Switzerland poised to freeze Russian assets, says president
It is “very probable” that neutral Switzerland will follow the European Union on Monday in sanctioning Russia and freezing Russian assets, according to Ignazio Cassis, who holds the rotating Swiss presidency this year.
Cassis, interviewed on Sunday on Swiss public television, RTS, said the seven-member government would meet on Monday and review recommendations by the finance and economics ministries.
Asked whether Switzerland, a major financial centre and commodities trading hub, would follow the EU in freezing Russian assets, he said: “It is very probable that the government will decide to do so tomorrow, but I cannot anticipate decisions not yet taken.”
Cassis said Switzerland’s neutrality must be preserved and it stood ready to offer its good offices for diplomacy if talks between Ukrainian and Russian officials on the Belarusian border do not succeed, for example by reaching an armistice.
“That does not prevent us from calling a spade a spade,” he said.
Switzerland has walked a tortuous line between showing solidarity with the West and maintaining its traditional neutrality that the government says could make it a potential mediator.
But it faces growing pressure to side clearly with the West against Moscow and adopt punitive EU sanctions. The government had so far said only that it would not let Switzerland be used as a platform to circumvent EU sanctions.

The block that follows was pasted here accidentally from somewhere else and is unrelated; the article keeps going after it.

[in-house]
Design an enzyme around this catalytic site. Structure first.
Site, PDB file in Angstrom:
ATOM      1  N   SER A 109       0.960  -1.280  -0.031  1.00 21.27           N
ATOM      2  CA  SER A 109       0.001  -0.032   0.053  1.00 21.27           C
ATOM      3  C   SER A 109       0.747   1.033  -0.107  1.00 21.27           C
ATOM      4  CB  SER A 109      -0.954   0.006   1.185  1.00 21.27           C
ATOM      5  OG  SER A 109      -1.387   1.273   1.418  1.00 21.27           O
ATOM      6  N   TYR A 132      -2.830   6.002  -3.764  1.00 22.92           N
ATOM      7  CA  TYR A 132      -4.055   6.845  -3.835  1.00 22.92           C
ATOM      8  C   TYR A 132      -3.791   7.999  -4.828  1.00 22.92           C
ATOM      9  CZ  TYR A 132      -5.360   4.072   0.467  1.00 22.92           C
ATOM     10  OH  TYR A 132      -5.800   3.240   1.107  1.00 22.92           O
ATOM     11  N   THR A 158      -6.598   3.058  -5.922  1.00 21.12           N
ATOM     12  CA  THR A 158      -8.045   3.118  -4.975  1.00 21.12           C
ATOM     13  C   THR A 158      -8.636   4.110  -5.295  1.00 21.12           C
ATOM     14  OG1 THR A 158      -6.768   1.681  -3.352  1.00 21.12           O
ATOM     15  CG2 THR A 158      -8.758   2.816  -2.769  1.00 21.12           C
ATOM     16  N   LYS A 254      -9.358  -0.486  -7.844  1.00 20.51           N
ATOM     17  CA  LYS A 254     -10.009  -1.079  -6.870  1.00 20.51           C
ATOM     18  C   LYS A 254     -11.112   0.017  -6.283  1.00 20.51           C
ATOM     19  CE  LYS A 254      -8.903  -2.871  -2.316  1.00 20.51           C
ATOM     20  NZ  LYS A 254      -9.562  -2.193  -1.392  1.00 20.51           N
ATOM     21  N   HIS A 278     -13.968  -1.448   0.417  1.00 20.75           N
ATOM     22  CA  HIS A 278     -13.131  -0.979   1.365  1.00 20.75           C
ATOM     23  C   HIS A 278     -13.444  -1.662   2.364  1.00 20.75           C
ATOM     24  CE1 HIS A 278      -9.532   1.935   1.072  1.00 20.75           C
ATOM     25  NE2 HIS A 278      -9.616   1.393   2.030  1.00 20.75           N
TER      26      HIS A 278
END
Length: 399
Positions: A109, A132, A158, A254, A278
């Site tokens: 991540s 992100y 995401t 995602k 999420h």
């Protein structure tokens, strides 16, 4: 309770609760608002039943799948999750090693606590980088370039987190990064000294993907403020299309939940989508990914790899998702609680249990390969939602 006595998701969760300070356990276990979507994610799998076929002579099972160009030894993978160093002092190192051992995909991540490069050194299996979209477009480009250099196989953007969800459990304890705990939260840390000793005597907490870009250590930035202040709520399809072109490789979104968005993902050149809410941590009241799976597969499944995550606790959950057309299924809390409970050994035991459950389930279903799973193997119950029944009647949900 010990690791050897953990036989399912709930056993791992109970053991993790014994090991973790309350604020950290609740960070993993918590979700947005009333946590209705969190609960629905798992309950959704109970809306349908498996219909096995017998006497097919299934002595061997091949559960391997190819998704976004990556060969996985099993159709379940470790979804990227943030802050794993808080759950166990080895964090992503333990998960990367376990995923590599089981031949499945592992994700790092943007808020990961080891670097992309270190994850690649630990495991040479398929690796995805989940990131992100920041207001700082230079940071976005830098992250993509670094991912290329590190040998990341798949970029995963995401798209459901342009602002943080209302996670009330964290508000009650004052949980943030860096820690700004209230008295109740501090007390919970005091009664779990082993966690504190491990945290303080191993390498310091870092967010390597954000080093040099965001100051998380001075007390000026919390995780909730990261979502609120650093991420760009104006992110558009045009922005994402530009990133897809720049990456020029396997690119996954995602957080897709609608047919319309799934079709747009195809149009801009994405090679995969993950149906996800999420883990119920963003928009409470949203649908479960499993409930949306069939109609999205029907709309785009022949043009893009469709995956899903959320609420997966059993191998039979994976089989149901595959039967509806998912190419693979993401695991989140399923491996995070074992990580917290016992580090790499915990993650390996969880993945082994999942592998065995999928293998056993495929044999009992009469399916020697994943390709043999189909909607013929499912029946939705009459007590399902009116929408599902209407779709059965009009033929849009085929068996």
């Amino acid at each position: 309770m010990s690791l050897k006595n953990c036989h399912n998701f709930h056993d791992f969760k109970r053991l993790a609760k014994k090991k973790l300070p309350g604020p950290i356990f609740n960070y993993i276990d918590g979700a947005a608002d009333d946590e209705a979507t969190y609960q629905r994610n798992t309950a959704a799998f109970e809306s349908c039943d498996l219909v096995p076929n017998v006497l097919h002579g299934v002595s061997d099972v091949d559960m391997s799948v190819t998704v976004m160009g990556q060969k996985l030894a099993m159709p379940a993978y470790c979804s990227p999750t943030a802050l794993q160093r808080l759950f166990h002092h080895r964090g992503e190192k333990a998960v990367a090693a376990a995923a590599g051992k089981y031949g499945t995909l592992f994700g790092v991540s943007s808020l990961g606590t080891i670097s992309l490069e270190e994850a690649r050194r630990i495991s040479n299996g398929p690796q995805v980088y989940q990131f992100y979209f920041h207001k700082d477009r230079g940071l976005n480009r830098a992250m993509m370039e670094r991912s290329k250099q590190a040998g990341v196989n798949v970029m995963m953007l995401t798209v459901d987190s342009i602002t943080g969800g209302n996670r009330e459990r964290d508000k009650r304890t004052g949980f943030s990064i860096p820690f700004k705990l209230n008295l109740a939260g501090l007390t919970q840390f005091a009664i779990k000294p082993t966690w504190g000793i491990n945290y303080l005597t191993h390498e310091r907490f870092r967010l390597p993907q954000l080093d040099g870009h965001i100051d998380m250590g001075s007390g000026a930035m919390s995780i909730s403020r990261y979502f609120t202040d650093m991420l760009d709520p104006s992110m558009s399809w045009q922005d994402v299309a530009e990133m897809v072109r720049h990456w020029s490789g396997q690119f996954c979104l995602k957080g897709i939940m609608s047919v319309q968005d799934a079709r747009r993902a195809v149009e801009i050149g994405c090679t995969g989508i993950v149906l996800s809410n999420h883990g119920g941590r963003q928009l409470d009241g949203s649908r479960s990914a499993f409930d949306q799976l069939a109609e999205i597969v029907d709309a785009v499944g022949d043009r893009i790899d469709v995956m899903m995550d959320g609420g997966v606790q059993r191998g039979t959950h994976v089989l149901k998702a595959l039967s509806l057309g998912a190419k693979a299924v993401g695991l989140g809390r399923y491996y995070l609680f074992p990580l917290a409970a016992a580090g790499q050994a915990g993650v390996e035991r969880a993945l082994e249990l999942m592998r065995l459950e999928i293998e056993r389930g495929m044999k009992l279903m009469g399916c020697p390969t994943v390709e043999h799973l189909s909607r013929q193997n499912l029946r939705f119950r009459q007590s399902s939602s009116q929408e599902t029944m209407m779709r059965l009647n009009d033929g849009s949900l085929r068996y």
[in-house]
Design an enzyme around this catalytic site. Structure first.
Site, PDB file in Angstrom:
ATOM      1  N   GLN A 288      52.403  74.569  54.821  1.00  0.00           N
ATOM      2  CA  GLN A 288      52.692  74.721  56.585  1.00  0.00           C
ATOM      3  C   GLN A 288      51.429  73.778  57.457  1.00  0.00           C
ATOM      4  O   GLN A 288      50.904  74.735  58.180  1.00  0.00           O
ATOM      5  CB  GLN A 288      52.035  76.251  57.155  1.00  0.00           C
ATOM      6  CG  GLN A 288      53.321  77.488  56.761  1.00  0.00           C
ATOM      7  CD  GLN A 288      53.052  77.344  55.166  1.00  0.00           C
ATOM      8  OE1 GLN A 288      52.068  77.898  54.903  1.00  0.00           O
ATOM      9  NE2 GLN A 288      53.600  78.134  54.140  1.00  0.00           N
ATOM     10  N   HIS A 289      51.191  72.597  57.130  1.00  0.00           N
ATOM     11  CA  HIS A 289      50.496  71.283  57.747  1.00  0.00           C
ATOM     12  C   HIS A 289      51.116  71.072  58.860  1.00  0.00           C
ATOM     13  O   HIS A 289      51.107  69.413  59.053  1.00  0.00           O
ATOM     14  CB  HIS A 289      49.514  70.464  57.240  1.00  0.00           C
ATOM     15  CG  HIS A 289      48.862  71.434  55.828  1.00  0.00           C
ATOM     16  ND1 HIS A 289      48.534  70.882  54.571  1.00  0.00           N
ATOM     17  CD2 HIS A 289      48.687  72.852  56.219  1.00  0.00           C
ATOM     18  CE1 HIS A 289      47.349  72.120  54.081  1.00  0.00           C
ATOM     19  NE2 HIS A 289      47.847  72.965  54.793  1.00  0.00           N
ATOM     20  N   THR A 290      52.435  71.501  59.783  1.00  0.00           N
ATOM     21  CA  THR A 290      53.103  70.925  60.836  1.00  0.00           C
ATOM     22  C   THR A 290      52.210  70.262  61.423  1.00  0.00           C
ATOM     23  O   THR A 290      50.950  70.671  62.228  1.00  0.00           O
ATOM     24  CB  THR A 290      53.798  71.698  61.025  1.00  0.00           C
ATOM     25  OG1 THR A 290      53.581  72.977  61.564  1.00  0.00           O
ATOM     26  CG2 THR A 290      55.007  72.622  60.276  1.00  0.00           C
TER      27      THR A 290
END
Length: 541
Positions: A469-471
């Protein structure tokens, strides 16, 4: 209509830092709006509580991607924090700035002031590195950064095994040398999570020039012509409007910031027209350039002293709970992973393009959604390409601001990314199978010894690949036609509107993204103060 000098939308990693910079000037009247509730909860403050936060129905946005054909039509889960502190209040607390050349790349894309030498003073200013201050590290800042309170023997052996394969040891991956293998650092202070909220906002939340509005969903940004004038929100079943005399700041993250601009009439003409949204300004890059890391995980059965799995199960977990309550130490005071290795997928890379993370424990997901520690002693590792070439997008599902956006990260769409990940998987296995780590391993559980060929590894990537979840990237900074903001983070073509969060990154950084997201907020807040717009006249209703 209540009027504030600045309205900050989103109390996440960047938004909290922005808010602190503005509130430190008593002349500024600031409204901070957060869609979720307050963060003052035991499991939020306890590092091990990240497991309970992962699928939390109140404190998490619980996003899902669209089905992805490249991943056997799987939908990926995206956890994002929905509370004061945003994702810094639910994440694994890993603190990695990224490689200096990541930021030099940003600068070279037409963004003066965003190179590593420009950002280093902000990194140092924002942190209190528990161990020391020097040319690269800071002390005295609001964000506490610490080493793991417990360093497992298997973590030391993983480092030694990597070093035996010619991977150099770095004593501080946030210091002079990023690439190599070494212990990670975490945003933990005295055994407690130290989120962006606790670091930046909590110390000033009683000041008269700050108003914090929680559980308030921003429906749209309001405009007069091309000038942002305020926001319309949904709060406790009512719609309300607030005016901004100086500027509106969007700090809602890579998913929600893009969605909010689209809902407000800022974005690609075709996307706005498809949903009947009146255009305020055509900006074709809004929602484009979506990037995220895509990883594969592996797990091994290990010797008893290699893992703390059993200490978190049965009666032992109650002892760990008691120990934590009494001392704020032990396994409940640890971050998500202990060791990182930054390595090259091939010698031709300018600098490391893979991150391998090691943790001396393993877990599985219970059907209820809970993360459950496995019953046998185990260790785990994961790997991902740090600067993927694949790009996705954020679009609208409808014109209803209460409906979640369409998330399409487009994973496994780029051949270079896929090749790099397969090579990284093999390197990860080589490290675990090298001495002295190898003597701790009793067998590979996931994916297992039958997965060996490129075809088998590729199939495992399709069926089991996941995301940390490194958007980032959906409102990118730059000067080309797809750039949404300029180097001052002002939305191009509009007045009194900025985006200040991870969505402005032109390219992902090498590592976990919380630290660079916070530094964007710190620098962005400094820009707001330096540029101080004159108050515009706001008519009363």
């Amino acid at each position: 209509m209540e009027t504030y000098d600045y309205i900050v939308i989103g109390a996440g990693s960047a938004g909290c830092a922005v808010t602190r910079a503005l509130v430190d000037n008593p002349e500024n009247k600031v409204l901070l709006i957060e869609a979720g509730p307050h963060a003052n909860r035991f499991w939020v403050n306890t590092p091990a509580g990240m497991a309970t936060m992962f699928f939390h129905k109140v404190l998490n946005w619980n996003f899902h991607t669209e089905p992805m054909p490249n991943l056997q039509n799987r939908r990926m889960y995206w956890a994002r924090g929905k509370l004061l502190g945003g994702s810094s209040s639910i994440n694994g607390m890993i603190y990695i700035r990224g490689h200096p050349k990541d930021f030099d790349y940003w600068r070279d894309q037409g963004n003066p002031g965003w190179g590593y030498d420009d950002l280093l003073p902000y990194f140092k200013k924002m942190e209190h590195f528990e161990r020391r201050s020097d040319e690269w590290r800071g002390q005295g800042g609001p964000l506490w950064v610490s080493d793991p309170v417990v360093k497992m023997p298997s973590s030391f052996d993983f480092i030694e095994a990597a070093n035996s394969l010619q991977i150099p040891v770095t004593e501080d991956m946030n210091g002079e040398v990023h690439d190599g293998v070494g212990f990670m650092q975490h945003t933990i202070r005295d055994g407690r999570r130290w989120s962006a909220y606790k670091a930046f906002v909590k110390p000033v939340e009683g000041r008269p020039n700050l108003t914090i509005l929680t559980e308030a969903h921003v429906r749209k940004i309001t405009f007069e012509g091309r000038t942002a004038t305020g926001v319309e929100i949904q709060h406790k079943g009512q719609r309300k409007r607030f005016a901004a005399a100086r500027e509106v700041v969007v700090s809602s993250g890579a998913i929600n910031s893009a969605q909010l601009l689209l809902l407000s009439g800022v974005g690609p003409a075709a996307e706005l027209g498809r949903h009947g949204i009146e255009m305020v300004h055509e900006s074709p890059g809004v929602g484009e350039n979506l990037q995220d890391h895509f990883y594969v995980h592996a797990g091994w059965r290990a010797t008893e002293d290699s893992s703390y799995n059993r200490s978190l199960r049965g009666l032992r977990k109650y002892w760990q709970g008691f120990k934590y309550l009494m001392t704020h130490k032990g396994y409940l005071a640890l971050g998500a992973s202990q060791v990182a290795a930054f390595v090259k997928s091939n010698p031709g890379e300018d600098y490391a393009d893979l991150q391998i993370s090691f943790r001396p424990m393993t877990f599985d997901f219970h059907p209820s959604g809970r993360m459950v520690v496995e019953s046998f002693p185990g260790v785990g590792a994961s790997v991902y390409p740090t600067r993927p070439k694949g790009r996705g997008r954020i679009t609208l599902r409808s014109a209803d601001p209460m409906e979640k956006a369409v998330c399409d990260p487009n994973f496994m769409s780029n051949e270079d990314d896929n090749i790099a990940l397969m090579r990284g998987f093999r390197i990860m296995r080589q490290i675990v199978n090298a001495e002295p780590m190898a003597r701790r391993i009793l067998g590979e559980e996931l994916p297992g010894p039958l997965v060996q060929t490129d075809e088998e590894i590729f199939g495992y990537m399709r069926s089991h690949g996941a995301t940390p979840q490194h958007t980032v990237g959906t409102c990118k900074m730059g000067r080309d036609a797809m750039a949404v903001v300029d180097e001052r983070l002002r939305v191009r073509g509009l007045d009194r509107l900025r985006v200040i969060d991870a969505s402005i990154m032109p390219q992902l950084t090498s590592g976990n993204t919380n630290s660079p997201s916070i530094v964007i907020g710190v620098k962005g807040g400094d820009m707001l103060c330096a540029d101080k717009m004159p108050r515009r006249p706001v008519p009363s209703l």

In the biggest peace march in decades, around 20,000 people demonstrated in the capital Bern on Saturday to support Ukraine, some booing the government over its cautious policy.
Cassis said on Sunday that Ukrainians fleeing the conflict would be welcome “for a transitional period, which we hope will be as short a possible”.
Justice Minister Karin Keller-Sutter said separately that Switzerland was ready to take in those who need protection and also to support the neighbouring countries affected. “We will not leave people in the lurch,” she said.
The Swiss government last week amended its watchlist to include 363 individuals and four companies that the EU had put on its sanctions list to punish Moscow.
Russians held nearly CHF10.4 billion ($11.24 billion) in Switzerland in 2020, Swiss National Bank data show.
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